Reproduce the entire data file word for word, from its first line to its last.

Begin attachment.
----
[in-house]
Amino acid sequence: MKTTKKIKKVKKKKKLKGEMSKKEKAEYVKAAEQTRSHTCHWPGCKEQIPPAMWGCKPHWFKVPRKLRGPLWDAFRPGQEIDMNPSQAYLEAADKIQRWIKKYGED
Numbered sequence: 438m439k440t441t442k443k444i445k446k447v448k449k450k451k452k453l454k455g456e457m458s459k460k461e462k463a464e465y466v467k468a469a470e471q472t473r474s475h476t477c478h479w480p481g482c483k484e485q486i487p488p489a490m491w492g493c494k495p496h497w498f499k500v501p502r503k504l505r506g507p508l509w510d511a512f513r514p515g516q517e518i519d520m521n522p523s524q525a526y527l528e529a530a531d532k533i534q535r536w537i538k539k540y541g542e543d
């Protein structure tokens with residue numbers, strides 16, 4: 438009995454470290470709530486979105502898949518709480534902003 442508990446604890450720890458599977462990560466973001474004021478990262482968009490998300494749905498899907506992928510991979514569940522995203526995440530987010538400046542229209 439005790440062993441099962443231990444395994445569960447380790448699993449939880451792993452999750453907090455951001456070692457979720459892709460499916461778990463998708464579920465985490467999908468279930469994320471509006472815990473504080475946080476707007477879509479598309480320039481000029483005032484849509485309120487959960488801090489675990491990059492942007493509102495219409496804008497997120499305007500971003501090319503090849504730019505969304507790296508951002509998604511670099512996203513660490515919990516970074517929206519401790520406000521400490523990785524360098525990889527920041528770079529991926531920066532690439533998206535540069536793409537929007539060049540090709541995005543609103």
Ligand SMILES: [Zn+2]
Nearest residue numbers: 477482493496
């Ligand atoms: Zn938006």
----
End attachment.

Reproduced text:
[in-house]
Amino acid sequence: MKTTKKIKKVKKKKKLKGEMSKKEKAEYVKAAEQTRSHTCHWPGCKEQIPPAMWGCKPHWFKVPRKLRGPLWDAFRPGQEIDMNPSQAYLEAADKIQRWIKKYGED
Numbered sequence: 438m439k440t441t442k443k444i445k446k447v448k449k450k451k452k453l454k455g456e457m458s459k460k461e462k463a464e465y466v467k468a469a470e471q472t473r474s475h476t477c478h479w480p481g482c483k484e485q486i487p488p489a490m491w492g493c494k495p496h497w498f499k500v501p502r503k504l505r506g507p508l509w510d511a512f513r514p515g516q517e518i519d520m521n522p523s524q525a526y527l528e529a530a531d532k533i534q535r536w537i538k539k540y541g542e543d
């Protein structure tokens with residue numbers, strides 16, 4: 438009995454470290470709530486979105502898949518709480534902003 442508990446604890450720890458599977462990560466973001474004021478990262482968009490998300494749905498899907506992928510991979514569940522995203526995440530987010538400046542229209 439005790440062993441099962443231990444395994445569960447380790448699993449939880451792993452999750453907090455951001456070692457979720459892709460499916461778990463998708464579920465985490467999908468279930469994320471509006472815990473504080475946080476707007477879509479598309480320039481000029483005032484849509485309120487959960488801090489675990491990059492942007493509102495219409496804008497997120499305007500971003501090319503090849504730019505969304507790296508951002509998604511670099512996203513660490515919990516970074517929206519401790520406000521400490523990785524360098525990889527920041528770079529991926531920066532690439533998206535540069536793409537929007539060049540090709541995005543609103």
Ligand SMILES: [Zn+2]
Nearest residue numbers: 477482493496
């Ligand atoms: Zn938006």